, Salem, MA

October 31, 2013

Column: Sexy Halloween costumes reveal the truth about girls' toys

Rebecca Hains
The Salem News

---- — Do you object to sexy Halloween costumes for little girls?

When you see children’s classic Disney Princess costumes placed literally steps away from sexy Disney Princess costumes for adult women, do you cringe?

When confronted with revealing Monster High costumes for girls as young as 4, do you think they are far too sexy for our children?

Then, I’d like to point something out: You should object to the sexy aesthetic of girls’ dolls, too.

The Internet is full of objections to sexy Halloween costumes for little girls. Just a few weeks ago, Wal-Mart’s “Naughty Leopard” costume generated so much outrage that the retailer was forced to pull the costume from shelves — and rightfully so.

But when critics call out dolls like Monster High, Ever After High, Equestria Girls, Fairy Tale High, and Bratz for being too sexualized for girls, people rush to defend them. Sexy dolls for little girls are so common, so ubiquitous, folks can’t see them clearly anymore.

They say: “Stop reading so much into it! Girls see these dolls as cute and fun. It’s just fantasy. If you think these dolls are ‘sexy,’ then wow — you’re the one with the problem. Get over it.”

I should know: As a children’s culture critic, I’m on the receiving end of these comments all the time.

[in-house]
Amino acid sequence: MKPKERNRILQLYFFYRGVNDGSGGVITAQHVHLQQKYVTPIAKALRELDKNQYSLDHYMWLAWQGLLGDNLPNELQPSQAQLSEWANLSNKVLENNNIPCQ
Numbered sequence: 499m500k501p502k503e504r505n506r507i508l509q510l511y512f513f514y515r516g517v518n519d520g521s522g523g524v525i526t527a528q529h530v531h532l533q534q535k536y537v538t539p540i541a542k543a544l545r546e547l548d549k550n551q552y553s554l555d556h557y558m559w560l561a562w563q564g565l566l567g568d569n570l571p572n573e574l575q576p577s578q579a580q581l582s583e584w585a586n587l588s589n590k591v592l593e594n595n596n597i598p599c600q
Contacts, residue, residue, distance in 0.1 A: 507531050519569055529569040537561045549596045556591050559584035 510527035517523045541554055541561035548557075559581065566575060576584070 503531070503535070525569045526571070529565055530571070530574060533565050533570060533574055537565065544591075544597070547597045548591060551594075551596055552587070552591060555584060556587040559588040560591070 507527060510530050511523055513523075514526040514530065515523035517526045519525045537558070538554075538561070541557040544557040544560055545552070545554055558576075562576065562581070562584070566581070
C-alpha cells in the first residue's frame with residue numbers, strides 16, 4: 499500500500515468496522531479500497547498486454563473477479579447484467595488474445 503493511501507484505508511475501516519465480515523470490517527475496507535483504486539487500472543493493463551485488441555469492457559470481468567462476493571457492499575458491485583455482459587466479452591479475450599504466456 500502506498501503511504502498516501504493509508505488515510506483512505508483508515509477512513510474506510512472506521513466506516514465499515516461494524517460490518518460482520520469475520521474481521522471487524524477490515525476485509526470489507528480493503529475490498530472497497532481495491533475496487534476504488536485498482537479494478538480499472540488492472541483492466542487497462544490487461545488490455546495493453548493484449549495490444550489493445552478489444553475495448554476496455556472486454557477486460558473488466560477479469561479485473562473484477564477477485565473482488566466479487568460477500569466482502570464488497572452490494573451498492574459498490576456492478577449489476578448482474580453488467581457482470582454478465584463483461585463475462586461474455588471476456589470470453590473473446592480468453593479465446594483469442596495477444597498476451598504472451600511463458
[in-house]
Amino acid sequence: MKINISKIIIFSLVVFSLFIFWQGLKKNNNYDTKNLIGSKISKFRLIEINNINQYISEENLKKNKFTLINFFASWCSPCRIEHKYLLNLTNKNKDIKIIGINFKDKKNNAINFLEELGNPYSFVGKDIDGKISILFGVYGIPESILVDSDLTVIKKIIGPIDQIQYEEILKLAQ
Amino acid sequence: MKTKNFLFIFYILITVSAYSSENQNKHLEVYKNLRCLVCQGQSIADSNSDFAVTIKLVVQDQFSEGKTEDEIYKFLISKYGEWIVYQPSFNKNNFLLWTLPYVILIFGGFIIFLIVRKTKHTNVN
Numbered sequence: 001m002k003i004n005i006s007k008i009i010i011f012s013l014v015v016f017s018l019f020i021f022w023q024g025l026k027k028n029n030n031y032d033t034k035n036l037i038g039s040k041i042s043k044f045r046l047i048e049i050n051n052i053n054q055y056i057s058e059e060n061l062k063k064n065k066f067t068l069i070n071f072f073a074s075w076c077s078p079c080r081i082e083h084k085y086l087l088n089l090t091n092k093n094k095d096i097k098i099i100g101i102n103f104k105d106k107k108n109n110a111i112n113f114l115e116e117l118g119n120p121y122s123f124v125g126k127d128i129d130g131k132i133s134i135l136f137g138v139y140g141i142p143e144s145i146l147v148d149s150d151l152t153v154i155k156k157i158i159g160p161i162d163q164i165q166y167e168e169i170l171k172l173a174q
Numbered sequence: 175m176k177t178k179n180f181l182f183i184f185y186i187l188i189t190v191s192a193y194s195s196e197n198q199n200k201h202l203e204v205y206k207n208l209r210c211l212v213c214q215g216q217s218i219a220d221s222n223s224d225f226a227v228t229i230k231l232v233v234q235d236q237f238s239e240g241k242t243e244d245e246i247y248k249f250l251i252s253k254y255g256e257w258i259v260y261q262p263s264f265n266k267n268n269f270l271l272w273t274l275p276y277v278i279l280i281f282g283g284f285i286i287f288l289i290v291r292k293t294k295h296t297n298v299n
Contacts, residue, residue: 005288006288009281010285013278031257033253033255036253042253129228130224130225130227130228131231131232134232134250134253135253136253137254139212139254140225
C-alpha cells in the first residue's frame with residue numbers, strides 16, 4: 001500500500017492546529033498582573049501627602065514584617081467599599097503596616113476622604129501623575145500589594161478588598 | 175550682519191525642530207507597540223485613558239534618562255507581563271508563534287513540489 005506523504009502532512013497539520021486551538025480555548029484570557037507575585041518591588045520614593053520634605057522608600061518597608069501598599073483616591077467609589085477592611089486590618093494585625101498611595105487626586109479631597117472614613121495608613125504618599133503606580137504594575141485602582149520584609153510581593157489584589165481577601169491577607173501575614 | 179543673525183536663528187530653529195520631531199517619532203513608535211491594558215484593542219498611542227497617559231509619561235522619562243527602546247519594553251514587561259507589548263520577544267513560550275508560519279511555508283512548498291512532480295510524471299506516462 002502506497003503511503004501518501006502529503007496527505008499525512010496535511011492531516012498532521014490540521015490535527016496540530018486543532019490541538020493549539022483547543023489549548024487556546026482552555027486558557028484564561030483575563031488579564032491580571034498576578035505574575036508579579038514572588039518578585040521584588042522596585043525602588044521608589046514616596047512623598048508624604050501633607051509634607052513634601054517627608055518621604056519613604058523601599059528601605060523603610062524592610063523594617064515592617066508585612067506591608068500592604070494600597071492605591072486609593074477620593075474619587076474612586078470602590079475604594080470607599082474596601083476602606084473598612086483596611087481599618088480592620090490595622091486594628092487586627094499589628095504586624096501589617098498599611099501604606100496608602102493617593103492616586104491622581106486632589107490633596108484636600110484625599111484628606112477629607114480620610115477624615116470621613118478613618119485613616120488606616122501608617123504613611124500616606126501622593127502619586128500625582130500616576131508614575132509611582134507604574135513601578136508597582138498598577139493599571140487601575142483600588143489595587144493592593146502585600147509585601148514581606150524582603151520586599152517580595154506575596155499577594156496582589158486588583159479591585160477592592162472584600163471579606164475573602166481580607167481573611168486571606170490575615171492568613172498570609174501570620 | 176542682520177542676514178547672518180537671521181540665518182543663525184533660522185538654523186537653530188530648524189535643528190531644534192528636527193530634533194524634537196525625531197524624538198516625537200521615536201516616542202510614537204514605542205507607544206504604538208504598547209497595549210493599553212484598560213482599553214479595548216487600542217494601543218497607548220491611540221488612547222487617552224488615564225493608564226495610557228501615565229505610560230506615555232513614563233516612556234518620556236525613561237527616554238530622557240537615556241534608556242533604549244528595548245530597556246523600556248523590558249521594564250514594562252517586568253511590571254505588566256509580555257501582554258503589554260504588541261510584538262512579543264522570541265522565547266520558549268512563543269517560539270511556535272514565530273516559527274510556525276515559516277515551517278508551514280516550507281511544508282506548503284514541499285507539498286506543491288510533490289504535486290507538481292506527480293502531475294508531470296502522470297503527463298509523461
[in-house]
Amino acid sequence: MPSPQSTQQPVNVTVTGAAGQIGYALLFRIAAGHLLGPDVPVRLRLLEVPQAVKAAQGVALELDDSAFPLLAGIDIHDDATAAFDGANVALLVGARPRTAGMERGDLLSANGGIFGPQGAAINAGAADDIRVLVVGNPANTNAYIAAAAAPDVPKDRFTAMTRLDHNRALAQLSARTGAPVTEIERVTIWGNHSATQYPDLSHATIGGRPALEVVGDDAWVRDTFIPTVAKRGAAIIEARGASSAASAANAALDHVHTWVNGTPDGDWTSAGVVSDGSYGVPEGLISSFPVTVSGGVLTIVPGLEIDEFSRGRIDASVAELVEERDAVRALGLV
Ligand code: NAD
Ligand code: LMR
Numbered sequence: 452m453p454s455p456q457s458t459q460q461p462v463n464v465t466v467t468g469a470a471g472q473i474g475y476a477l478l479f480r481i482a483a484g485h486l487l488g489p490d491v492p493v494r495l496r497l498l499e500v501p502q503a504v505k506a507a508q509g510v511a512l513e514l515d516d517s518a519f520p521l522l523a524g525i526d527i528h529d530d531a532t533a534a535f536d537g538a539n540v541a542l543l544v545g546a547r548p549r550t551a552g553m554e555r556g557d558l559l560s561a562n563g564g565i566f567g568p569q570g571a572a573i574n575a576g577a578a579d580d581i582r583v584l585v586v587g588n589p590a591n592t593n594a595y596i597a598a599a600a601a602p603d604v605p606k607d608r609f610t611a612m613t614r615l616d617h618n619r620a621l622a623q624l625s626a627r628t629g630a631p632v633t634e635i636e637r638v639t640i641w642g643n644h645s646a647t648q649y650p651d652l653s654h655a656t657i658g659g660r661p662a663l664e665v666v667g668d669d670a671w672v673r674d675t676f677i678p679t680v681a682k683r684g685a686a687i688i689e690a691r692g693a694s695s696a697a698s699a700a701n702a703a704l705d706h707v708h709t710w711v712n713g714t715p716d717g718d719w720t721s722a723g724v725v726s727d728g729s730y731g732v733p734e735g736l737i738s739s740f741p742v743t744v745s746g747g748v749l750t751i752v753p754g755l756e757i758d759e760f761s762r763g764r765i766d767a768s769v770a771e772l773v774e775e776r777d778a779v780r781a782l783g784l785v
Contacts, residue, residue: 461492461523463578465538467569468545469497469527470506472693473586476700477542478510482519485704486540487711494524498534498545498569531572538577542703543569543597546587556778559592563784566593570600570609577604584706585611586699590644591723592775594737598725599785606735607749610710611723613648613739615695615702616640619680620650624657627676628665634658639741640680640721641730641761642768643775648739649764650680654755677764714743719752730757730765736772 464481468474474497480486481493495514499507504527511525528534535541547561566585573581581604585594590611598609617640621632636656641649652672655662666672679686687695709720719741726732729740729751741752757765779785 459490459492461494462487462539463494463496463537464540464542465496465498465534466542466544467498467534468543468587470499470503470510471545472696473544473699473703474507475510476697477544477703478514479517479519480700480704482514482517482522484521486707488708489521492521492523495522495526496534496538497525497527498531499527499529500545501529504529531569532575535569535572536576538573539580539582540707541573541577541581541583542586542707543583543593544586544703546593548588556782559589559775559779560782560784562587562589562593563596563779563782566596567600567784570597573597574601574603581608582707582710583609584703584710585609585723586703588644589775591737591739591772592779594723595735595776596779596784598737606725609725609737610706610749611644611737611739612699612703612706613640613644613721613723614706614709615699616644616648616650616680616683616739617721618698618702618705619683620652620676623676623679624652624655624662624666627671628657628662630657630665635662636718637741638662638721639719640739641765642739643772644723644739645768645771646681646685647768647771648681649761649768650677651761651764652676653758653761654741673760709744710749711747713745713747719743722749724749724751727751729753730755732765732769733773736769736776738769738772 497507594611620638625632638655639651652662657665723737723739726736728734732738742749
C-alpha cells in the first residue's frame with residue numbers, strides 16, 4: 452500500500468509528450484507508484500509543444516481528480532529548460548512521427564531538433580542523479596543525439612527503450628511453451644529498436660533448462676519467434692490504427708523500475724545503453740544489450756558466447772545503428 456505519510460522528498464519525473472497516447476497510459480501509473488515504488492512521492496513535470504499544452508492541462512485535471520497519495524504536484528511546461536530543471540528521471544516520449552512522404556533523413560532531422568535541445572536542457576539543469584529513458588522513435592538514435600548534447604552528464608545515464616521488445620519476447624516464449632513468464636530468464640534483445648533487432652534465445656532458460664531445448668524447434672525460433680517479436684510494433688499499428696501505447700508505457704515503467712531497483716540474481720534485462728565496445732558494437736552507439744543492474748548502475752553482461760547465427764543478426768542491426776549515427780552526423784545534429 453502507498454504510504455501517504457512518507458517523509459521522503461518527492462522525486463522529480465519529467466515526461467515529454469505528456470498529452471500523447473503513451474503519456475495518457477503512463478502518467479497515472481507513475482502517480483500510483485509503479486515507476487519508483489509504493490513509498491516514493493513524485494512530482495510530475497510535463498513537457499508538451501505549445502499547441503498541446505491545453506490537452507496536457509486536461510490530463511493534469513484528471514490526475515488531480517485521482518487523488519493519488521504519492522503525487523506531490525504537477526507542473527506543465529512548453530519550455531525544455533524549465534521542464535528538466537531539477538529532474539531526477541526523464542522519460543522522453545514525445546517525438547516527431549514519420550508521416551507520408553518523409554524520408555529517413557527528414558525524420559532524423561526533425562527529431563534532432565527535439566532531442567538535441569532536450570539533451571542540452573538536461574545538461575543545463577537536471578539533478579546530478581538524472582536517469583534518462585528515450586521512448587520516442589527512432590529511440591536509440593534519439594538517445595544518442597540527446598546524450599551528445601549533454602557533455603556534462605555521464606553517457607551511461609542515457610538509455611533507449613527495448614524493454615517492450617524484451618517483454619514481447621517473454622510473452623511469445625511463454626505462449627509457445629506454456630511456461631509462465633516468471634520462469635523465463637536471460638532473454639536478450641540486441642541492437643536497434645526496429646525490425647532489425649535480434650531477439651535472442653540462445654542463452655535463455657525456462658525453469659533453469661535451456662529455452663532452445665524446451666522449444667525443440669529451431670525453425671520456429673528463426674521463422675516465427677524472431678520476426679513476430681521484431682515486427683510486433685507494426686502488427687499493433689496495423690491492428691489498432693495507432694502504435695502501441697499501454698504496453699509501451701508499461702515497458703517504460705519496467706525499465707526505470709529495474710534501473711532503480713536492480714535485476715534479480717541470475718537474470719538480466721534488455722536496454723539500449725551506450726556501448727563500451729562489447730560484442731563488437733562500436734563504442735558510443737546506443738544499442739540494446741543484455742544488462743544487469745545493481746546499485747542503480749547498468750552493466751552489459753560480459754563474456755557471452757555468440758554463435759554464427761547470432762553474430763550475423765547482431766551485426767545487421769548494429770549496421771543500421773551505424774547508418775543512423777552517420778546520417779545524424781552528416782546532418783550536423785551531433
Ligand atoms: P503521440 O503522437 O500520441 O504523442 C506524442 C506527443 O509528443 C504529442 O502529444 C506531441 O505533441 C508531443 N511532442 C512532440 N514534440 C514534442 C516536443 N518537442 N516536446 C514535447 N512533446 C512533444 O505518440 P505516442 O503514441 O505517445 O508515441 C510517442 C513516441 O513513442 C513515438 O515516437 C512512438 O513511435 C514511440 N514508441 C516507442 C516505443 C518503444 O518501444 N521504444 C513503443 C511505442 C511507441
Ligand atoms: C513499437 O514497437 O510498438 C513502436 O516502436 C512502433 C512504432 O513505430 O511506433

But these dolls? They are dressed in outfits exactly like the sexy Halloween costumes. There is no difference between what popular fashion dolls wear and the little girls’ Halloween costumes that everyone objects to.

If anything, the dolls are even worse.

What’s going on, then? Why do we object to the Halloween costumes and not the dolls?

I think it’s because when we actually see these tawdry outfits on our children, we are horrified. We have become desensitized to dolls for 4-year-olds that look like prostitutes, but when real children wear the same get-ups, the scales fall from our eyes. Suddenly, we can see the unvarnished truth about children’s culture, and it is awful.

So, I’d like to suggest a new litmus test for girls’ dolls. Would you want to see your daughter, niece, or granddaughter in a Halloween costume based on the doll’s attire? No? Then harness that insight. See the doll for what it is: a sexualized item with no business in a child’s toy box. Just say no to sexy Halloween costumes — and say no to sexy fashion dolls, too.

Rebecca Hains is an associate professor of communications at Salem State University. Follow her on Facebook at and Twitter at